Jul 14, 2013

Seared Scallop Pasta

Before my affair with food started, I didn't know anything about choosing the right ingredients. I didn't know it mattered what brand of soy sauce I buy and I definitely didn't know anything about buying scallops. I ate bright white frozen scallops, drenching them in sauce, not knowing they could be better. I started reading about scallops and here's what I learned. I learned that scallops that are white are actually treated. Scallops that haven't been treated actually have a pinkish or off-white color. Frozen scallops are sometimes treated with chemicals to make it white. Because they're treated with chemicals, they become awfully watery when you cook them, which only means you're paying a high premium for water!! To make sure you're buying chemically free scallops, look for "dry" scallops or chemical free scallops. I like to buy my scallops from Kokua Market, they're a bit more expensive there, but no water comes out of them and they taste really really good. If for some reason, you're can't find "dry" scallops, try this before you use the scallops. This tip comes from Cook's Illustrated.

Soak them in a solution of 1 quart cold water, 1/4 cup lemon juice, and 2 tablespoons table salt for 30 minutes. Place scallops on a piece of paper towel and microwave on high for 15 seconds. This will exude the water from the scallops allowing for a nice sear.

Armed with these great scallops, I made this scallop pasta. It's my best scallop recipe yet!! This recipe is adapted from a Lemon Ricotta Pasta from Crumb and from Cook's Illustrated. The original recipe calls for ricotta, but I didn't have any on hand, so I substituted with some heavy cream. It was really good, slightly creamy with a bit of tang from the lemon. I love it!! Try it!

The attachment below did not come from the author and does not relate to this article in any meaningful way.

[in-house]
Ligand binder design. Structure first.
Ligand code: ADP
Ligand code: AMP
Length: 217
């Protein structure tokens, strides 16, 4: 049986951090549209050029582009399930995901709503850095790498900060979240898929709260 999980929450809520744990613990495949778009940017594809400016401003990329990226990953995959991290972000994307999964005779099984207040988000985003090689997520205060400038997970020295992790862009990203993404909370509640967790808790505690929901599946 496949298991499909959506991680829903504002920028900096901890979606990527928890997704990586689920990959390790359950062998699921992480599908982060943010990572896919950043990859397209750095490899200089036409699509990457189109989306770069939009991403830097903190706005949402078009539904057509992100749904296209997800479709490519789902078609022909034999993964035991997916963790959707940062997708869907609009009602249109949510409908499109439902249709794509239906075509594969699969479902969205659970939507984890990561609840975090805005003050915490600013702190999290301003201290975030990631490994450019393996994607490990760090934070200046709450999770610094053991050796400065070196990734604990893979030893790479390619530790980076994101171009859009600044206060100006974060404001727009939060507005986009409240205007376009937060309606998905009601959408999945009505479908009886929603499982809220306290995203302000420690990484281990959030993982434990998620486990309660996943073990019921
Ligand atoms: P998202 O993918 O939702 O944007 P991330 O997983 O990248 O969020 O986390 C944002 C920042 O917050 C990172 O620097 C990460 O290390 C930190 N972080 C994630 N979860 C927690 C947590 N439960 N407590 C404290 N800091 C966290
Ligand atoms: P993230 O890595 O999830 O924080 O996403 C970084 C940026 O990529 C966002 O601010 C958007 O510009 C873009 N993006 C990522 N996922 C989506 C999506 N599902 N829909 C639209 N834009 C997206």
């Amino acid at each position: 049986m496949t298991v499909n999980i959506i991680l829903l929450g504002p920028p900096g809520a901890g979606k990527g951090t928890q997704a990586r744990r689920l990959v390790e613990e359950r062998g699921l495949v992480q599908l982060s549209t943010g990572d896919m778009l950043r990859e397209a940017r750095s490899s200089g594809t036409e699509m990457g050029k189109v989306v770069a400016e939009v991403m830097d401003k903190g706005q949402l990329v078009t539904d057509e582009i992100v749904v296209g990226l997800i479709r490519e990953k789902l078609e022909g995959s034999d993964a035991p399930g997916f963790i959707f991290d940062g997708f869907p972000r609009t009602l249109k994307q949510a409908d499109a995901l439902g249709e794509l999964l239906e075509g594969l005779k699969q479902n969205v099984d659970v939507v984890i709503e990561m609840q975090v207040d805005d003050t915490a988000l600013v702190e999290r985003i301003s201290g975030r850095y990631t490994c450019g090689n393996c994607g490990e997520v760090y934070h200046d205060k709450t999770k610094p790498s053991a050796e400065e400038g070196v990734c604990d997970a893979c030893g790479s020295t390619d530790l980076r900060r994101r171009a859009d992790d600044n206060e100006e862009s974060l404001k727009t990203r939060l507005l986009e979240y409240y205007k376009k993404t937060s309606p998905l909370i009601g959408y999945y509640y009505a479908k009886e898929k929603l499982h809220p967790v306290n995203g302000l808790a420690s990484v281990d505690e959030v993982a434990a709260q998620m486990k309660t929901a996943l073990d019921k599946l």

Seared Scallop Pastas
adapted from Crumb and Cook's Illustrated

1 lb of pasta of your choice
1 1/2 lbs large sea scallops, 10 to 12
2 tbsp vegetable oil
2 tbsp butter
3 tbsp good-quality olive oil, divided
1 tbsp butter
Zest of 1 lemon
1/4 cup lemon juice
1 1/2 cups green peas
2 tbsp fresh thyme, minced (see note)
Sea salt and freshly ground black pepper
1/2 cup of heavy cream (see note)

1. Cook the pasta per package directions until al dente.

2. Place scallops on rimmed baking sheet lined with a clean kitchen towel. Place a second clean towel on top and gently press to blot liquid. Let scallops sit for 10 minutes at room temperature while the towels absorb excess moisture.

3. Sprinkle scallops on both sides with salt and pepper. Heat 1 tablespoon oil in a 12 inch, nonstick skillet over high heat until just smoking. Add half of the scallops in a single layer and cook for 1 1/2 to 2 minutes without moving until well browned.  Add 1 tablespoon butter to the skillet. Carefully flip scallops and continue to cook. Tilt the skillet so that the butter collects on one side and use a large spoon to baste the scallops with melted butter. Cook 30 to 90 seconds more until the sides of the scallops are firm and the centers are opaque Remove smaller scallops from the pan as they finish cooking, transfer to a
large plate, and tent loosely with foil. Wipe out skillet with a wad of paper towels and repeat cooking with remaining oil, scallops, and butter.

4. Drain pasta and return to the pot over low heat. Stir in lemon zest, juice, remaining 3 tbsp olive oil, peas, and thyme. Toss to coat, then season with salt and lots of pepper. Add the heavy cream and mix gently until pasta is coated evenly.

5. To serve, divide the pasta between four plates, topping each with scallops.


  • Original recipe calls for 4 tbsp fresh thyme.  I only used 2 tbsp.
  • Original recipe calls for 1 container (475g) of ricotta, I substituted with heavy cream.  

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